Pupils from Swindon Academy donned gloves and litter picks yesterday, heading out to complete a litter pick around Pinehurst.

210 students from year seven took part in the community clear up as part of a week-long events programme at the school.

Lorraine Jordan, vice principal who is leading the project said: “This is an opportunity for the community to see the young people in action and bring the community together so that students have a better awareness of the importance of looking after their community, and the community see the young people doing something of value."

Schoolchildren joined the Neighbourhood Wardens, Dorset & Wiltshire Fire and Rescue service, EnviroCrime, and the local police to clean up different areas around Pinehurst.

“The idea came from wanting to encourage more young people to engage with their local communities," said Simon Halls, pioneer minister with the Church of England who helped organise the week. "We wanted to link everything around acts of kindness in the community to help inspire young people to care for their community."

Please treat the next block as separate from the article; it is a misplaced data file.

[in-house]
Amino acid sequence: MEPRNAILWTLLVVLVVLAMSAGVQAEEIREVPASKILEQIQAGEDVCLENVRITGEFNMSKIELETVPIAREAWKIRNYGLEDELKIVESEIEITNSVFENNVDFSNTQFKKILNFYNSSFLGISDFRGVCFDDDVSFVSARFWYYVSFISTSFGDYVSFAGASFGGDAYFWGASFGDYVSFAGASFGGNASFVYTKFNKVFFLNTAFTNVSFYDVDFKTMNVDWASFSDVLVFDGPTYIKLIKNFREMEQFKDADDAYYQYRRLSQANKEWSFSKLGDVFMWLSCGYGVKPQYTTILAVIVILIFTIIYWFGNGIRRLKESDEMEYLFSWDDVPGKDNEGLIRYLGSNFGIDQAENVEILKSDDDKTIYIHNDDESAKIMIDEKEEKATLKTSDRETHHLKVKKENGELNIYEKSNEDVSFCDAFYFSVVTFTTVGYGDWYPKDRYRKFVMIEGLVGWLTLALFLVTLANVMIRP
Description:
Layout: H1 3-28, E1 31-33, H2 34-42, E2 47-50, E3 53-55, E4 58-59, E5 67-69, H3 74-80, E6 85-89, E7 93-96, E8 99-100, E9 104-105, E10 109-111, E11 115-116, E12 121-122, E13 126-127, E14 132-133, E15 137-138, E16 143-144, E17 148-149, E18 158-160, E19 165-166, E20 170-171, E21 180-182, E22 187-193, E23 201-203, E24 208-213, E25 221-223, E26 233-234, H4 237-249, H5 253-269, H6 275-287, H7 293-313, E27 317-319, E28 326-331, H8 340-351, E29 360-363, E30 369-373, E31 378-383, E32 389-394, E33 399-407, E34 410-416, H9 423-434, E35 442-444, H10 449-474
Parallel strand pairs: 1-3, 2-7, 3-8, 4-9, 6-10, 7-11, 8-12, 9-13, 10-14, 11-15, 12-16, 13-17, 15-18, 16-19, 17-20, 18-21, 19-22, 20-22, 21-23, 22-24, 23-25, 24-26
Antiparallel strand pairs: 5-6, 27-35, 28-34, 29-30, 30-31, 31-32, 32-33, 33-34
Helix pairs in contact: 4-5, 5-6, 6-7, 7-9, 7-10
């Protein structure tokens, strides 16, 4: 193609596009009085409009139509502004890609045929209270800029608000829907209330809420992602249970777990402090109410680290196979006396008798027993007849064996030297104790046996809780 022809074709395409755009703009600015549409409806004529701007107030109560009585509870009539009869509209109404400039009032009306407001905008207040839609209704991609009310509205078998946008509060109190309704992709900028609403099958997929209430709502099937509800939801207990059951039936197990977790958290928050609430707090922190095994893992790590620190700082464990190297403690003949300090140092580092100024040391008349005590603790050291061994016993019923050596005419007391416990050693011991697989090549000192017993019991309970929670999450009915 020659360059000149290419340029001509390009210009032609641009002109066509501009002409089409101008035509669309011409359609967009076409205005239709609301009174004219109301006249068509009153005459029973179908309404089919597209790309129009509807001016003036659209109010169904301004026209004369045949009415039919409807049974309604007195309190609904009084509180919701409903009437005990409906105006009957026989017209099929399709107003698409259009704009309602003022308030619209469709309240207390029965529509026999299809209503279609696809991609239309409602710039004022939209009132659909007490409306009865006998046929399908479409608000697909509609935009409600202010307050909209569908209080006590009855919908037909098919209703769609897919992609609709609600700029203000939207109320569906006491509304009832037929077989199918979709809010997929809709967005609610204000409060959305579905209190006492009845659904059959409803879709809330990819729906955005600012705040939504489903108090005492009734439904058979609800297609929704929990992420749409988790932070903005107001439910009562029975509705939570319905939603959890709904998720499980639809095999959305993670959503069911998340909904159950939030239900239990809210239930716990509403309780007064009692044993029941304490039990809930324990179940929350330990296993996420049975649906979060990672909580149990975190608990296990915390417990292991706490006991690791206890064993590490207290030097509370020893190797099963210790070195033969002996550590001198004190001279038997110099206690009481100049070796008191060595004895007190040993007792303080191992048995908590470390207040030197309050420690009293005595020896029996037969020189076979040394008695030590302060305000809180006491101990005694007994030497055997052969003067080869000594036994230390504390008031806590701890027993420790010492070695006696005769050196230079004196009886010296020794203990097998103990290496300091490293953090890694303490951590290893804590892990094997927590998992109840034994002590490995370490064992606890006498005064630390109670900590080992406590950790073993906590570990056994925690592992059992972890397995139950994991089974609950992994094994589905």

The annual activities week has been running for roughly eight years and is based around the concept of ‘pay it forward’, encouraging students to repay acts of kindness to other people instead of the original benefactor.

Further events planned include creating plant pots to donate to a local care home, gardening for nearby residents and a community lunch at St Peters Church on Thursday, among others.

"It’s massively important to do things like this,” added Ms Georgina Yule, who teaches Humanities and was taking part in the litter pick. “It helps students think more about the impact they have on the world and their attitude towards the environment. When they can see all the rubbish here, it helps them understand that it might just be one can they leave on the ground, but that actually impacts everyone.”

Leland Pullen, 11, who was collecting rubbish said: “Lots of people like to throw litter but having to pick it all up makes you think about the effects of dropping it."

“It’s important to do things like this, for the earth,” added Junal Azavedo, 12. “If the earth is clean, then we are also able to stay clean,” he added.

The pair had been busy collecting cans, hoping to win the challenge of collecting the most rubbish. Other challenges including finding the strangest item, with a bicycle wheel, and a mouldy potato in a plastic bag contending for the top spot.

“It just goes to show that we live in a society where people think it is acceptable to throw litter. It makes you feel disappointed that there is so much around," added Ellie Louise McCusker, 12. “I will definitely think again before dropping litter now. People need to be independent enough not to expect others to pick up after themselves.”